So in the interest of improving things, Off the Record thought it might be a good moment to give the Bush administration a second shot at warming up the press, and to remind them that a happy press-like your basic Doberman pack-is a well-fed press. And the fastest way of doing that is to bring back a lost art in this freeze-dried White House, one that makes good buddies of the press faster than family-quarters tours or Christmas cookies: bring back the Big Leak.

“The Clintons were masters of it,” said Michael Isikoff- Newsweek investigative correspondent and Bill’s bane during the Paula Jones and Monica Lewinsky days-of the leak, “with bad news and good news. They would leak something to get ahead of the news cycle, and when it did come out, they’d be able to say, ‘That’s already been reported.’ That was their stock-in-trade.”

Mike McCurry, Mr. Clinton’s press secretary from 1995 to 1998, said he was one of the more conservative in terms of leaking, but did add that during the 1996 Presidential campaign, “we made a pretty good effort” to get to the people on the Sunday interview shows, as well as the interviewers. “We would sometimes leak information to a Senator to bring up during the show,” he said.

“Or we’d go to a host and say, ‘Look, Tim , can we share some information, Tim ? Can we pass on some stuff that’s useful to ask?’ That’s not so much of a leak as something that’s a line across the transom.” (Mr. Russert snorted a little at this. “We’re fed information about how great they are,” he said. “We get thousands of e-mails from people. We get no shortage of advice. The key is your own preparation and research.”)

Another Clinton administration official recalled using leaks to get the press to play up Mr. Clinton’s transformation from a tax-and-spend man to a lean and mean warrior who fought in the name of deficit reduction and fiscal responsibility. “What we did,” the official said, “was to release different sets of numbers to The New York Times , The Washington Post , USA Today and The Wall Street Journal over a period of four days-so, by the fourth day, it’s all over. You had four straight days of ‘Clinton’s cutting this, Clinton’s cutting that.’ It achieved our objective: It showed Clinton cutting the deficit. We got coverage from four different outlets. There was something for everybody.”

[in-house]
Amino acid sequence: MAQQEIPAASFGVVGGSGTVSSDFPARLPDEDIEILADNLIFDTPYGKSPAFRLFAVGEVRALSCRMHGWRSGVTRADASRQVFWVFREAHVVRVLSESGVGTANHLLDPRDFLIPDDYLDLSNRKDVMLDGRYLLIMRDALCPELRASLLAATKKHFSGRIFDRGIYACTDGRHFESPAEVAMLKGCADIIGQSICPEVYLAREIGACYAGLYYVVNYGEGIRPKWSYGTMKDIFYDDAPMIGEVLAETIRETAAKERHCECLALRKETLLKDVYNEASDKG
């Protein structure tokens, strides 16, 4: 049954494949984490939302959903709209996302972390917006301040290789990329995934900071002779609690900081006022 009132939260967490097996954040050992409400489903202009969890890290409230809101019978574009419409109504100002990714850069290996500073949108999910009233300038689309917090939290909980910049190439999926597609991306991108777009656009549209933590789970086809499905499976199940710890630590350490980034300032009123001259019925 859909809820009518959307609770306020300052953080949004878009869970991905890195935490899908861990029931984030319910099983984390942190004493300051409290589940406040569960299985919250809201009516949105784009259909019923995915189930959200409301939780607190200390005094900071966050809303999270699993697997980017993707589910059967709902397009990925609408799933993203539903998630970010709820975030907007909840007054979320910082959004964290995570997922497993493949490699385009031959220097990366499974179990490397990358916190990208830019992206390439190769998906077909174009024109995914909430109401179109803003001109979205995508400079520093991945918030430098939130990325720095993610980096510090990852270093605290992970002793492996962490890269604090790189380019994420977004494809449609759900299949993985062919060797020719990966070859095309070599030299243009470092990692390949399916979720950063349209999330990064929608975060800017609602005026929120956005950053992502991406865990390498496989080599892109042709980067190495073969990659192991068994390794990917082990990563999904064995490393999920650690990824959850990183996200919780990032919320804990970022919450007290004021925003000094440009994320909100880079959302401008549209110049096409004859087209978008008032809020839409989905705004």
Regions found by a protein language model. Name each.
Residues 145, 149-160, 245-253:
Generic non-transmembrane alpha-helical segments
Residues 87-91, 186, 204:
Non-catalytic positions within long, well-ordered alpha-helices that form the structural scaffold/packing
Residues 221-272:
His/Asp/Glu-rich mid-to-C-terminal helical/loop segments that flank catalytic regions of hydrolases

Mark Fabiani, formerly the special counsel to President Clinton as well as the Gore deputy campaign manager, recalled his happiest leak from the 2000 Presidential campaign. When his team learned the word ” RATS ” had been placed nearly (you may remember) “subliminabally” in a television advertisement attacking Vice President Gore, Mr. Fabiani gave the information to Rick Berke-now The Times ‘ Washington editor-alone.

“When we came into contact with that piece of information,” Mr. Fabiani said, “we knew what we wanted to do with it: We wanted to give it to Rick Berke and The New York Times .

“With a story like that,” Mr. Fabiani continued, “you need people to take it seriously. With Rick Berke, you had a serious reporter whom everyone takes seriously. If you put it out into mass circulation, some people might not know what to do with it, what to think about it. This way, you had Rick Berke and The New York Times telling people what they needed to think.”

Mr. Berke didn’t quite see it like that. “That was one of the few instances,” he said, “where someone just hands you a piece of information like that. When I got it, I consulted experts-Republican strategists, media people. I asked them if they thought it was important. And they said yes. I didn’t write it like an exposé; I wrote it like a feature story. It was unusual, but I would do it exactly the same way the next time.”

Dee Dee Myers, the White House press secretary from 1992 to 1994, saw the lack of leaks in the Bush administration as rooted in party ideology.